Cloud Computing

6 Things You Should Know About Using Virtual Machines

Using Virtual Machines

A previous post here on the blog discussed the important factors of AWS S3, which is quickly becoming a go-to data storage solution for businesses.

Today the focus is on virtual machines or VMs, which is another useful innovation in helping users and businesses run and manage applications.

VMs lets you run multiple virtual instances, each with its own isolated operating system and applications on one physical device. This technology allows multiple VMs to operate on the same computer, sharing its resources like processing power, memory, storage, and network connectivity.

They empower businesses to plan and use resources more effectively, improve development processes, and enhance overall scalability.

VMs are a fundamental aspect of IT infrastructure as they can be deployed as a core component for other technologies such as cloud computing and database management.

To maximize the capabilities of virtual machines, you have to remember some vital aspects of how it works. This article lists six things you should know about using VMs.

VMs have specialized use cases

Before deploying virtual machines, you have to first define its primary purpose with respect to your project requirements. Help Desk Geek outlined the common use cases of VMs which cover everything from application testing to educational and training purposes.

1. Multi-Platform Testing and Legacy Compatibility:

VMs let devs test software on different platforms. This is vital for applications that need to work across a diverse range of environments.

They are also used to run legacy or incompatible applications on modern hardware and operating systems. It’s a necessary step when a business needs to transition to new systems or software.

2. Service Isolation and Remote Access:

VMs may be used to isolate applications or services from one another, such as managing multiple CMS, for example.

Similarly, Virtual Desktop Infrastructure (VDI) can leverage VMs to provide remote access to desktop environments. Users can operate applications from different devices, promoting flexibility and remote work.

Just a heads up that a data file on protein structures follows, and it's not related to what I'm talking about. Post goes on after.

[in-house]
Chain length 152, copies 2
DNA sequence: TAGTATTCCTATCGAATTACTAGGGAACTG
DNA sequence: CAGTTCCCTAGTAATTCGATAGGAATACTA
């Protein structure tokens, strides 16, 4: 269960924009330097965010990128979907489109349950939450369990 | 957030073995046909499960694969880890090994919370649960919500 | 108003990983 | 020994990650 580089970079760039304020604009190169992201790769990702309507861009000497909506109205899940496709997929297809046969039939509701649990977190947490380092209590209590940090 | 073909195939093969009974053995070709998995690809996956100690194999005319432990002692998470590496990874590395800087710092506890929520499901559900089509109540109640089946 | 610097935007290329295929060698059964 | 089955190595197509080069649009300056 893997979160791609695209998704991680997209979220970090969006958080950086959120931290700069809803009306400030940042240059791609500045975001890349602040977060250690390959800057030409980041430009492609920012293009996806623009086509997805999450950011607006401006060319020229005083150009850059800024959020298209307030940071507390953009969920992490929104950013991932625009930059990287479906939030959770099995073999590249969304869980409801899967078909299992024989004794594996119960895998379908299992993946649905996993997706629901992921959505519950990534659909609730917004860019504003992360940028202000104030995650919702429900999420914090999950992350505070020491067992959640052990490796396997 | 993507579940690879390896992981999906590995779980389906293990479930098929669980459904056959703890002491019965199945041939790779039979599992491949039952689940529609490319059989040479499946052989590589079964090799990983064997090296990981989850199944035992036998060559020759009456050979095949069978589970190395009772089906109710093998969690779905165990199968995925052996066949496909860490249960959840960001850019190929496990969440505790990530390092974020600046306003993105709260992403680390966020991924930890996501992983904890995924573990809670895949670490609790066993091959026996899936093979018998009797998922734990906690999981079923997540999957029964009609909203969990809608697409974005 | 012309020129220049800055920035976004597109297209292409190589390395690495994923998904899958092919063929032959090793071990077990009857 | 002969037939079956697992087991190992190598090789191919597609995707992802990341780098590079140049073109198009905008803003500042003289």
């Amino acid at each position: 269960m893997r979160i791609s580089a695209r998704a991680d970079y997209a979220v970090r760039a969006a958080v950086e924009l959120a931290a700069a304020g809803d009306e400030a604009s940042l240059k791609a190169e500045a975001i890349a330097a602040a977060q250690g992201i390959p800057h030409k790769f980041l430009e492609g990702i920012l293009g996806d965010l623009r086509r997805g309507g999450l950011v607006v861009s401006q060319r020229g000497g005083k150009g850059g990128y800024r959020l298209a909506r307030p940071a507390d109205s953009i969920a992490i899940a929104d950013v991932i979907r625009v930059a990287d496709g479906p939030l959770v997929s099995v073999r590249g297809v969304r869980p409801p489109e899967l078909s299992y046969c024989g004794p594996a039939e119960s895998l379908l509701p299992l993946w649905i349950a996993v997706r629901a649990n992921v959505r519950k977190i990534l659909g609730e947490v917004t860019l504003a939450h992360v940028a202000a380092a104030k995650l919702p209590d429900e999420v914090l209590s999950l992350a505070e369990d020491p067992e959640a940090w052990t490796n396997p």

3. Security Testing and Data Backup:

Data security experts can use VMs to establish controlled environments for testing security vulnerabilities and studying potential threats without risking the primary systems.

Backup copies of entire VMs may also be created, ensuring data recovery in case of hardware failure or other issues.

4. Multi-Server Deployment:

Organizations can use VMs to run multiple virtual servers on a single physical server. It helps optimize hardware utilization and reduces the need for physical hardware. It’s a cost-effective and simplified approach to server management.

5. Training and Educational Environments:

VMs may also be used in a classroom or workshop setting to provide hands-on experience in a controlled environment. Learners can experiment with different system configurations without affecting the actual physical systems.

There are various VM deployments

Virtualization can be achieved in a number of ways as shown in MongoDB’s guide to virtual machines. These methods are application, desktop, hardware, storage, and network.

1. Application Virtualization:

This method lets a hypervisor software create virtual instances, allocate resources, and build virtualized hardware components. University of Waterloo’s introduction to virtual machines defines a hypervisor as a ‘virtual machine manager’ and it’s classed as either a Type 1 or Type 2 hypervisor.